Florida Permit Test No. 1 - Passing score: 80%
The passing score in Florida is 80 percent.
The real DMV test has 50 questions. This means you must answer at least 40 out of 50 questions correctly to pass the real written knowledge test.
This practice test has 25 questions. Less questions on each practice test will help you focus better and speed up learning.
When practicing, you should aim for a full score on each DMV practice test. This gives you a good margin for errors on the real written knowledge test.
The more practice tests you take, the more you cover of the Florida Driver License Handbook and the easier the real test will be.
Does Florida Practice Tests Work?
A DMV practice test is one of the corner stones in your preparations for a Florida permit or Florida driver's license. Research shows that active learning by taking practice tests has a significant impact on your result on the official exam. Good scores on a DMV practice test will also boast your confidence and make you less nervous before the real Florida driver license knowledge test.
Always start by reading your Florida Driver License Handbook. Then take at least 10 practice tests. When you reach a score on a handfull of tests, you may be ready for the real test. But don't attempt the real thing too soon. Make sure you fully understand questions and answers.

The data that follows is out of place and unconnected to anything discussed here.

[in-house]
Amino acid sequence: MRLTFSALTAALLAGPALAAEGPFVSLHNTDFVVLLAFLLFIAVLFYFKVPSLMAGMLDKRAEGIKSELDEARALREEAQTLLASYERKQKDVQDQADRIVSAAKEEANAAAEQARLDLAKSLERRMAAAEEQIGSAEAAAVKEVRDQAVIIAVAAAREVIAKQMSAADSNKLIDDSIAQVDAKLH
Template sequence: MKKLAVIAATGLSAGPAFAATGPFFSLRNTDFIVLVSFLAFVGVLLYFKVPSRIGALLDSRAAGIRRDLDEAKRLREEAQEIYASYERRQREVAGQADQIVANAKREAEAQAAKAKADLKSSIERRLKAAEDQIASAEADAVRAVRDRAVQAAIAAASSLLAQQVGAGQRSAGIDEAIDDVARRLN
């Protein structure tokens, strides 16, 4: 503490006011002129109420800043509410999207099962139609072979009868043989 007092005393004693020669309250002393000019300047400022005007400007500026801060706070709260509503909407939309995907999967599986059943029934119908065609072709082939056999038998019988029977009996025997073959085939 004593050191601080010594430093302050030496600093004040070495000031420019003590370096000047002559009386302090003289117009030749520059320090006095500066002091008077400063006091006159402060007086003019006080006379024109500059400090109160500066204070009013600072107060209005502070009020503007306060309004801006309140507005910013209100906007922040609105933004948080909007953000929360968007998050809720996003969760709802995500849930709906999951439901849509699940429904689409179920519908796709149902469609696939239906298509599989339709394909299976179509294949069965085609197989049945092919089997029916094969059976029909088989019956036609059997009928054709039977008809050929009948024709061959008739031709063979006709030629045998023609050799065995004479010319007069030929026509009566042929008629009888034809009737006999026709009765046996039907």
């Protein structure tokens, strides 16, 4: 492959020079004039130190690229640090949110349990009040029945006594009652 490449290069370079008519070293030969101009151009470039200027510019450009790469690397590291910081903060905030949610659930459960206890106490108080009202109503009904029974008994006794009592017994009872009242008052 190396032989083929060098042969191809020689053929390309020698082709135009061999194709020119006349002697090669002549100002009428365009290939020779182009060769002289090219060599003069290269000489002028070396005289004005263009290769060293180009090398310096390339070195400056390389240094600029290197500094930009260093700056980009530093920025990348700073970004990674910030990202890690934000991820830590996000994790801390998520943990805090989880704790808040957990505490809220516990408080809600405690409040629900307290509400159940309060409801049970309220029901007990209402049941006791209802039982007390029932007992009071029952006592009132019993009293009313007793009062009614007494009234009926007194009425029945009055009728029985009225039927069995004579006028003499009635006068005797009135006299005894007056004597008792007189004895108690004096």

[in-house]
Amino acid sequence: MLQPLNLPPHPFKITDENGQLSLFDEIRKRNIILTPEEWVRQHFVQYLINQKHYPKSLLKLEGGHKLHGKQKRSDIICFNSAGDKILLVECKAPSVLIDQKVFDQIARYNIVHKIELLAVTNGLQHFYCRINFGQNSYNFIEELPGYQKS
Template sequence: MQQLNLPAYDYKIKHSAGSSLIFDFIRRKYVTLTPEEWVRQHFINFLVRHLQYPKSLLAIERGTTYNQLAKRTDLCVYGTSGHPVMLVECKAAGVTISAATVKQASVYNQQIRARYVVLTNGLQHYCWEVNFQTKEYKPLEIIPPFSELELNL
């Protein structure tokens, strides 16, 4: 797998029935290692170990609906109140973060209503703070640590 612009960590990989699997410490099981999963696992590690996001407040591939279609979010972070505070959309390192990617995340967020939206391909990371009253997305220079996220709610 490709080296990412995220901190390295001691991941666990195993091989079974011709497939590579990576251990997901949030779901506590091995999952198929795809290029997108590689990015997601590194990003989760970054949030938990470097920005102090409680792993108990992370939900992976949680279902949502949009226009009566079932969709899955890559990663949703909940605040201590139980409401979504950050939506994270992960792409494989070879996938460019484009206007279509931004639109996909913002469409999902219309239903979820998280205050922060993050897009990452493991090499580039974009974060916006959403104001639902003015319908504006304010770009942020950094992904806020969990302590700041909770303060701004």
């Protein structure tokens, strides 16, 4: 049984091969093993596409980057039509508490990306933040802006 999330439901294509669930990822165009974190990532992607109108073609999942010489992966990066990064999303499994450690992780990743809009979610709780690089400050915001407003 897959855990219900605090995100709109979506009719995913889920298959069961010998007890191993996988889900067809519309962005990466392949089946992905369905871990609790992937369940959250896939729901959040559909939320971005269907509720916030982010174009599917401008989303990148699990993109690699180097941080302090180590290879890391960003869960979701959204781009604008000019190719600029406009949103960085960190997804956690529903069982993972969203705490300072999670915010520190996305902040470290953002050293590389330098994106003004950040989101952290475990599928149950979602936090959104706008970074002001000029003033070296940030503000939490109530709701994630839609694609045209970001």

The Florida DMV test is known for being difficult. It is a good idea to read every question carefully.
New Texting-While-Driving Law in Florida
July 1 2019, Florida joined the large number of states that prohibit texting while driving.
The new law means that you may not drive while manually typing or entering multiple letters, numbers or symbols into a wireless communications device to text, email and instant message.
Florida law also prohibits using handheld wireless communications devices in school and work zones.
Found an Error?
Even if all test questions and answers are carefully reviewed and verified against the Florida Driver License Handbook and State laws, there is always a risk of errors in a test when rules change. Let us know if you find something we have missed in our practice tests and we will correct it! (The link below opens in a new tab or window!)